I really enjoyed playing Rampage. It’s a smashing departure from your more typical gamer games (wink). It is also an excellent choice for a children’s or family game. I haven’t played it with four yet but with two or three the game moves along fairly well (once you know the rules). Since the game end depends on a static number of building tiles (disregarding the early ending on the Runaway Meeple board), the time length shouldn’t extend by much with number of players.
Opinions from other Opinionated Gamers:
Greg Schloesser: “Flicking” games generally don’t suit me very well. Yes, they are cute and do require some dexterity, but I generally find them unsatisfying. They seem more suited to a pub atmosphere than a game room. I realize these types of games have legions of fans, but I am usually not one of them.
Rampage is fun … to a point. I played once and had an amusing time, but did not feel any inclination to play again. I wouldn’t actively avoid playing, but feel no need to add it to my collection. That being said, if I still had young children, I think it would be a must purchase.
Matt Carlson: I’ve had a lot of fun with this game with both kids and adults. I had a bit too much hope for strategy/tactics in the game when playing with adults but some aspects present make the game a bit less strategic than I would prefer. Foremost, I agree with the issue of power card variance. They seem to have a significant swing in gameplay and scoring, while not being particularly balanced. I have not played with the multiple-power card variant but that sounds like a good first step to find a solution. As for the dexterity element, it is there, but some fans of Crokinole and such may find the board a bit more crowded with obstacles than normal. Also, bank shots are difficult as most “walls” are not particularly rigid and thus will have unpredictable results. Overall, I enjoyed the theme and lightheartedness of the game. The first time anyone tries to use the “blow” mechanism it nearly always results in so much laughter, the attempt is pretty much useless… good times.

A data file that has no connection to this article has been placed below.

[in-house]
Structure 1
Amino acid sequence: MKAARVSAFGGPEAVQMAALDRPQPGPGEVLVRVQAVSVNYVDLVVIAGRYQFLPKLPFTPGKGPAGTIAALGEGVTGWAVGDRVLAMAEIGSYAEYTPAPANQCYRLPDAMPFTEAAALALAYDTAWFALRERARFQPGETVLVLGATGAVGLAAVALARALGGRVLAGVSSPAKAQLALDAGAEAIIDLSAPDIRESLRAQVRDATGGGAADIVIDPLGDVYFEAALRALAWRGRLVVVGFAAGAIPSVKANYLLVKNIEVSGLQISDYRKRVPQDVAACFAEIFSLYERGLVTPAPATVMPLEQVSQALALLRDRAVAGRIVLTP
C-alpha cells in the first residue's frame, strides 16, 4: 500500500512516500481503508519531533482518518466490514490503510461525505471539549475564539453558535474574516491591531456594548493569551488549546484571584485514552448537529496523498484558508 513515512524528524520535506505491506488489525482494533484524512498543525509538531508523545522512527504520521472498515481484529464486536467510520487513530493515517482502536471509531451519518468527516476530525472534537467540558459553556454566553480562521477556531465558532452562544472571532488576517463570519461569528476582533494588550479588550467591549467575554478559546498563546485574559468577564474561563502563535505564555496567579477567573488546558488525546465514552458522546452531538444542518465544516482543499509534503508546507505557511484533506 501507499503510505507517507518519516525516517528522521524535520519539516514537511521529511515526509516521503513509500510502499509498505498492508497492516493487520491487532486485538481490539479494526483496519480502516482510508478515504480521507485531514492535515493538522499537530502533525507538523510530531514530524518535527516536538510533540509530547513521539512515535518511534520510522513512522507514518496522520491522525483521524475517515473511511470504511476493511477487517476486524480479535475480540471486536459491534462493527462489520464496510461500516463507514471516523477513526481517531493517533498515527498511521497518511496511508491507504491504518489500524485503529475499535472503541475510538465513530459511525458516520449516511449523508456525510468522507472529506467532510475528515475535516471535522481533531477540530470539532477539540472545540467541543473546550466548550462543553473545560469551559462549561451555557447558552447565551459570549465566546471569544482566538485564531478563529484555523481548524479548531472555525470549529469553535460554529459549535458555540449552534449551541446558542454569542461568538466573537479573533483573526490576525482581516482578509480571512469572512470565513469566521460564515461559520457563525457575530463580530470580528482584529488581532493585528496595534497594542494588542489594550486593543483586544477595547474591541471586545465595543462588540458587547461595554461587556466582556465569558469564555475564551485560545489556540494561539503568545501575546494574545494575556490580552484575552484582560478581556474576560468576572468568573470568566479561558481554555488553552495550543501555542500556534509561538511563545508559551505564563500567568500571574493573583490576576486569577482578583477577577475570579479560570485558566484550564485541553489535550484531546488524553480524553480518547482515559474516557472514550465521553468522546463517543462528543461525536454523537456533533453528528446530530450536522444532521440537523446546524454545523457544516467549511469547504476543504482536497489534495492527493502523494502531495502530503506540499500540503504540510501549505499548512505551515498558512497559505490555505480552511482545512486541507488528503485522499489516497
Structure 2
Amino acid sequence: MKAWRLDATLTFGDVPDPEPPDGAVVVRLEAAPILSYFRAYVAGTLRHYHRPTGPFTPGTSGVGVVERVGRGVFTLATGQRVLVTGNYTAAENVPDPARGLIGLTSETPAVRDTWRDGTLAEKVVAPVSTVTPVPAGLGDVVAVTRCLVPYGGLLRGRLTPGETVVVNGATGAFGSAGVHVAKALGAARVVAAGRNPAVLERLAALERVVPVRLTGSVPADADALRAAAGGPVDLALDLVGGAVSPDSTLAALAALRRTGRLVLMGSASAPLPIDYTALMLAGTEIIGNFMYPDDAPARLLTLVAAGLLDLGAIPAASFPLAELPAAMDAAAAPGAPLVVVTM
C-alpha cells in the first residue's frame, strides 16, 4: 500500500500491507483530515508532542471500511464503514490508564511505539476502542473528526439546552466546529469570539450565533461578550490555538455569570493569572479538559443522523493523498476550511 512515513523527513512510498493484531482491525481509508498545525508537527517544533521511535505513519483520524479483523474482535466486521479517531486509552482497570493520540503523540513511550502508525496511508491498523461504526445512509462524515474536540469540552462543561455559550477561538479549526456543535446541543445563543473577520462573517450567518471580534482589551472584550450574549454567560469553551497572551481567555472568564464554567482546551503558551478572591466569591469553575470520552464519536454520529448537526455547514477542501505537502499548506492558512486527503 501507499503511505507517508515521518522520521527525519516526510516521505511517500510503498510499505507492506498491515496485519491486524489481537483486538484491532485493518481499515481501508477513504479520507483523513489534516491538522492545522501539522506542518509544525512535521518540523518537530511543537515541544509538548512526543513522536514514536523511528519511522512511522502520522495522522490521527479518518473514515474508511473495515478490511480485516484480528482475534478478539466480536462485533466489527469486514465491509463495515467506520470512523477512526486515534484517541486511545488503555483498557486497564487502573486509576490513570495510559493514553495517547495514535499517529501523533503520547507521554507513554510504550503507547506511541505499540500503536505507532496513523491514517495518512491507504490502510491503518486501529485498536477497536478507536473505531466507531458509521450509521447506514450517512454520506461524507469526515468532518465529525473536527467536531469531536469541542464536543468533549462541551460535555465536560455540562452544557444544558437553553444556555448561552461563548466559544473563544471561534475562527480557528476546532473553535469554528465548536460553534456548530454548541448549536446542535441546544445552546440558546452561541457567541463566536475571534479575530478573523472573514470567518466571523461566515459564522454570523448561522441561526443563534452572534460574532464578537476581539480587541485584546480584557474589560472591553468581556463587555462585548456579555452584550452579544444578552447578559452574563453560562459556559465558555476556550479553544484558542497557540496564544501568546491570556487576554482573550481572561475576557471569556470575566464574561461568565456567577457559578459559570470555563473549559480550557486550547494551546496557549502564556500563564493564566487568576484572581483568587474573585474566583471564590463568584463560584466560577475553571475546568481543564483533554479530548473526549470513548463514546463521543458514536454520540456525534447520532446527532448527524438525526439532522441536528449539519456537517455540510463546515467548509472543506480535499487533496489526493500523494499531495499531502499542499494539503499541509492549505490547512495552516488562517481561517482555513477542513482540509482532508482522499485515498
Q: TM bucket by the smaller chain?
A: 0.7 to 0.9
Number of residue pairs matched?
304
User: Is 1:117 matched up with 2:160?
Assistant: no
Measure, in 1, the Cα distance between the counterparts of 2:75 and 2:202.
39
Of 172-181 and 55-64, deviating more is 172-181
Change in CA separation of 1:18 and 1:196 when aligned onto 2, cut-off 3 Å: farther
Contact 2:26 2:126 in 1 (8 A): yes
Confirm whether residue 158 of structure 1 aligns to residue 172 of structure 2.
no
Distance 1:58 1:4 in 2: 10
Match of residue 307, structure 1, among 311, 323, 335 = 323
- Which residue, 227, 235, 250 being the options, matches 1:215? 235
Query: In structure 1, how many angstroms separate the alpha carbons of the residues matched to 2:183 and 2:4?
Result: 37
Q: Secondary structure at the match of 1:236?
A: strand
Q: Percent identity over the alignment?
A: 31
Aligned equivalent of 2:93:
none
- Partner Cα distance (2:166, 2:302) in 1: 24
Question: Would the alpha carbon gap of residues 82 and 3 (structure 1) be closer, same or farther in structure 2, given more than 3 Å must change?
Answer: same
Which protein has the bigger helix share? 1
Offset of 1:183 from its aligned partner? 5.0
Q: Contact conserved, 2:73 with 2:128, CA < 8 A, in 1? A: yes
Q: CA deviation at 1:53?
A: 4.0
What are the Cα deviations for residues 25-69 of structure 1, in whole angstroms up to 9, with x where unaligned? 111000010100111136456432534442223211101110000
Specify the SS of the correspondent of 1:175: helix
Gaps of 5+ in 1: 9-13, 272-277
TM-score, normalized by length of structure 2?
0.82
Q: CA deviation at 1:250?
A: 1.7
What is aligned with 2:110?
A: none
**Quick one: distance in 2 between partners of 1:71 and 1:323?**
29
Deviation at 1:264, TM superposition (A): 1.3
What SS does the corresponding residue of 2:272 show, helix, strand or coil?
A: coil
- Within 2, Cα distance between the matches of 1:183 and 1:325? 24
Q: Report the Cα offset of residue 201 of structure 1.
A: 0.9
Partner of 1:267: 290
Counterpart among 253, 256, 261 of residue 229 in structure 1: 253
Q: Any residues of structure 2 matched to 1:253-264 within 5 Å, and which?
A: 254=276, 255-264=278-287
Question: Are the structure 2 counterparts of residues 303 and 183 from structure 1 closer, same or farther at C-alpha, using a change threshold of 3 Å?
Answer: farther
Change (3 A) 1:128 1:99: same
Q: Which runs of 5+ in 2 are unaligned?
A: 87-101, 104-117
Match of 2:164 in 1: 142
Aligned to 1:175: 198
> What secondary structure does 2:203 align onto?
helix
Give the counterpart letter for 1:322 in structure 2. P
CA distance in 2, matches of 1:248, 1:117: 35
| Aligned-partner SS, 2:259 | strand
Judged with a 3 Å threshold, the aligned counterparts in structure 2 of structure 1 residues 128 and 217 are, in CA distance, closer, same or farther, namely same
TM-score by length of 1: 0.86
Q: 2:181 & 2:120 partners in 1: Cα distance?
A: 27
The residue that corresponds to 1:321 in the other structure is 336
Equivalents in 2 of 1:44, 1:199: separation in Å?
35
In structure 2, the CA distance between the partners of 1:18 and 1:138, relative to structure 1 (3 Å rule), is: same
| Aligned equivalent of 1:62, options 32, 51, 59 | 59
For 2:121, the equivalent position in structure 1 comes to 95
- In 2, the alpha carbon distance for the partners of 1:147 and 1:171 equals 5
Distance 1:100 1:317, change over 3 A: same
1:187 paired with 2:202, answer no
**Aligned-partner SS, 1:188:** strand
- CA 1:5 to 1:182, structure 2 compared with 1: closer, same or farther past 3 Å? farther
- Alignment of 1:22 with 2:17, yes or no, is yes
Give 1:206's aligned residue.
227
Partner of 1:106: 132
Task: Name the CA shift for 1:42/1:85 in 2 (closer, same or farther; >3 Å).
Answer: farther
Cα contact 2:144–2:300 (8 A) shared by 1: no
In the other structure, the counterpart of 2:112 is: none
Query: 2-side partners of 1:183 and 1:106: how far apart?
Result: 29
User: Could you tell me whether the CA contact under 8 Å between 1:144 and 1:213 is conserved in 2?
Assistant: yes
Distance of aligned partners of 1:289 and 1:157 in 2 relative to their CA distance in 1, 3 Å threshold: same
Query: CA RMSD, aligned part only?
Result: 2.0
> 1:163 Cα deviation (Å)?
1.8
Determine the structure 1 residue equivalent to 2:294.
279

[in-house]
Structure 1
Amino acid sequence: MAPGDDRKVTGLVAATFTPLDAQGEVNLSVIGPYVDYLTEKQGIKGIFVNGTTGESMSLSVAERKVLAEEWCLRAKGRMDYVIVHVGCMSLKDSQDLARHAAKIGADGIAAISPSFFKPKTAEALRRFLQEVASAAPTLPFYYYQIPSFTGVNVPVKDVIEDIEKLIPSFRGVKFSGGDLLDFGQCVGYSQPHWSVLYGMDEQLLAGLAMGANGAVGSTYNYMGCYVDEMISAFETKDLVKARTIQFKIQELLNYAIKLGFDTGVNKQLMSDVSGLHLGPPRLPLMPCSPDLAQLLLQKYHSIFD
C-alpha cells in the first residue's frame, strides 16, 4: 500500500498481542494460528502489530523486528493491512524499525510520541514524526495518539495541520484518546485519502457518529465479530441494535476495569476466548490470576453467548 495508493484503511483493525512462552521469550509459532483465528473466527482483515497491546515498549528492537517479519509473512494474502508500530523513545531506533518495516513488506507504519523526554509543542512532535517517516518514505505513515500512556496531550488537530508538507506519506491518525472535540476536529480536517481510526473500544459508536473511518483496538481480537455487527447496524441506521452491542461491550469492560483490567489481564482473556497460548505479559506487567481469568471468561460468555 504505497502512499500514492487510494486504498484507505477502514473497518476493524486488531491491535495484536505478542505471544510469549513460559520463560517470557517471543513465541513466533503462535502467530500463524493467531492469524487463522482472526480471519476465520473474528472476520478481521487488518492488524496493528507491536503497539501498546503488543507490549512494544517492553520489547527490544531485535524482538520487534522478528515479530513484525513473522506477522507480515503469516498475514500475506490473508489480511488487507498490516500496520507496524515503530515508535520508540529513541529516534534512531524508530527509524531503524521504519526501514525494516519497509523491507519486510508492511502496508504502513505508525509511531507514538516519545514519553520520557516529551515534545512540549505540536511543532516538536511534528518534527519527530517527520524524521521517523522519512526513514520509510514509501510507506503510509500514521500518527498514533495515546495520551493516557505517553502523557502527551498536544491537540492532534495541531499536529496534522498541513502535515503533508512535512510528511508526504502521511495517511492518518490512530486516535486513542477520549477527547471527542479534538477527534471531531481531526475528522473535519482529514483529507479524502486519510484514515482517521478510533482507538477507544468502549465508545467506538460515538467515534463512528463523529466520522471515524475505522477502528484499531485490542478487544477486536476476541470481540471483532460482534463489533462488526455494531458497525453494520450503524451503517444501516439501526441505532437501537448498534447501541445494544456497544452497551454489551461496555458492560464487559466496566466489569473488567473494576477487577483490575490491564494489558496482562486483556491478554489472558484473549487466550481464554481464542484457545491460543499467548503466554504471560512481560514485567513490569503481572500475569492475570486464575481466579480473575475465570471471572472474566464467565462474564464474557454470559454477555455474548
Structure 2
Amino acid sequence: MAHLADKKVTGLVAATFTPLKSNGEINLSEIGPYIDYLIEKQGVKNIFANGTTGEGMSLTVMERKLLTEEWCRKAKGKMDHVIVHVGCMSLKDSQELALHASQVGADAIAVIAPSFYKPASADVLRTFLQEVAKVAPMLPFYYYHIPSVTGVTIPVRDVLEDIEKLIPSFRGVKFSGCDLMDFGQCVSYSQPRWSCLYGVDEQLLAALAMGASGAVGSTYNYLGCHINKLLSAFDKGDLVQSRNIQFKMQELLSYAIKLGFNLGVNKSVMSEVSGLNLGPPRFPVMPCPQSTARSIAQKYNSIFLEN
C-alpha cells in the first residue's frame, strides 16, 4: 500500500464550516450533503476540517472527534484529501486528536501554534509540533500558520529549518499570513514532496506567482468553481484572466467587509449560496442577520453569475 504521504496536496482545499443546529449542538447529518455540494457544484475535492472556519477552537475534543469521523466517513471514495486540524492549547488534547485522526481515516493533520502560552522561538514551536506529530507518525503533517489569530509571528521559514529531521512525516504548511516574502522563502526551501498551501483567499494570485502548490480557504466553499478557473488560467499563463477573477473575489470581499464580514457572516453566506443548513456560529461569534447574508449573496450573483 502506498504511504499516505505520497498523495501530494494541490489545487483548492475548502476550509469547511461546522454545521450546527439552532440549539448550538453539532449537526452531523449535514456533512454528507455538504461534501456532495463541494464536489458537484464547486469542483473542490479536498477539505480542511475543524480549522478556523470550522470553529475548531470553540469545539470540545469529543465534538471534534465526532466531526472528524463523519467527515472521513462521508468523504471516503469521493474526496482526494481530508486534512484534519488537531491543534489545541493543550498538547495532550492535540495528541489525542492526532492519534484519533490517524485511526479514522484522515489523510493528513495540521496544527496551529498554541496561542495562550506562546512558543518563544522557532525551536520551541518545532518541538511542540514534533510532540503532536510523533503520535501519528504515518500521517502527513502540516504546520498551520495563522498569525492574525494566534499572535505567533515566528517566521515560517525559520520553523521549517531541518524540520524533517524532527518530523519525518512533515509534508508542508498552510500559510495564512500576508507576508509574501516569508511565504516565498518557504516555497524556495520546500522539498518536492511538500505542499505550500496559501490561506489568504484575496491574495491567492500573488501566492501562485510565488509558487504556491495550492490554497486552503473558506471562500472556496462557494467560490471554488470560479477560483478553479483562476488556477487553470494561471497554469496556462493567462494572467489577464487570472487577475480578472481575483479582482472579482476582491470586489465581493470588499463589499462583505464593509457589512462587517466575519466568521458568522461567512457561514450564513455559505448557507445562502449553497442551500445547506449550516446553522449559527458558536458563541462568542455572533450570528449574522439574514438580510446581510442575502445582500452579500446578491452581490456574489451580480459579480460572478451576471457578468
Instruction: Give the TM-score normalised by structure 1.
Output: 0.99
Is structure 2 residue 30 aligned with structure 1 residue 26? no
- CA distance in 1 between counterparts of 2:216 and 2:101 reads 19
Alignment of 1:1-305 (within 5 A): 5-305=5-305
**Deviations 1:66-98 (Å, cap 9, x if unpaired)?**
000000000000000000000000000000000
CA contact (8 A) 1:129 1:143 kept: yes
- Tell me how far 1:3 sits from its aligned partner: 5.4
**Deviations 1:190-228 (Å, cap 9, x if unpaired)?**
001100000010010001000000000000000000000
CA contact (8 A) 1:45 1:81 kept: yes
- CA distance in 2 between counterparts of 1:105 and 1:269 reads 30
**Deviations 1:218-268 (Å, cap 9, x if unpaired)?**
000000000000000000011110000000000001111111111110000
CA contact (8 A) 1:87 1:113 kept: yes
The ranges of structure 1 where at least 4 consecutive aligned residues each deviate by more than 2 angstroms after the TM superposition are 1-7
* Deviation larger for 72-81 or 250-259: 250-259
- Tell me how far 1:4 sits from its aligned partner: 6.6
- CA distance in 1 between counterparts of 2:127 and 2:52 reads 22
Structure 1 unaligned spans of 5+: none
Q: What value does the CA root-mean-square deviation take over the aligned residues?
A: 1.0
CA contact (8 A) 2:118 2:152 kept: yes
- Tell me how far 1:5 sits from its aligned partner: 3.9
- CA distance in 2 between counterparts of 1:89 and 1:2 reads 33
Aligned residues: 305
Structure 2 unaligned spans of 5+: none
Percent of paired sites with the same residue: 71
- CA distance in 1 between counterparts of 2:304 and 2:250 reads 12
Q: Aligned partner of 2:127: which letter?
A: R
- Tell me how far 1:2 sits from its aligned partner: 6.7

Dan Blum: I like the idea, but the game leaves me a bit cold. The dexterity element is just not that much fun, mostly due to the amount of precision required to actually score points as opposed to just knocking things down. The rest of it is too fiddly for its own good.
Ted C: It is more an activity than a game really. If you focus on the set collecting too much you will suck the fun right out of it.
Ben McJunkin (1 play): I have spent more time putting stickers on my meeples than I have spent playing the game. I purchased the game hoping it would be a lighthearted romp for some of my less diehard gaming friends. Sadly, the one play was fine, but a bit on the dull side as the rules were more convoluted than I would have expected given the nature of the game. No one has bothered to request it since, and I am highly likely to sell it off when the next batch of Essen games gets released.
Patrick Brennan: Flick your puck/monster around Crokinole style to a good spot and then throw things at the board in one of three different ways – drop your monster on an adjacent building, flick a block off the top of your monster, or blow something over with your chin held above your monster. All of which cause mayhem and destruction on the board, usually resulting in buildings, which are being held up by meeples, being knocked down, hoping they fall in such a way so that meeples fall inside the same area of the board that your puck/monster is in so you can pick them up at the end of your turn. There are potential penalties if meeples leave the board, so care needs to be taken. Knocking over another player’s monster also gets points and is to be encouraged. So, lots of semi-random mayhem which is fun to start with, stays fun through the middle bit and then gets less so as the repetition kicks in and you realise how much luck is involved in the scoring. Meaning some frustration and/or ennui will probably rise as a result. Each set of 6 different meeple colours scores 10 points – be short a colour and boom, you’re 20 or 30 points down. Don’t be emotionally invested. It’s some decent stupid fun that no doubt realises its full potential when played with tween boys.
Ratings Summary from the Opinionated Gamers:
- I love it! Mary Prasad
- I like it: Matt Carlson, Ted C.
- Neutral: Greg Schloesser, Dan Blum, Ben McJunkin, Patrick Brennan
- Not for me…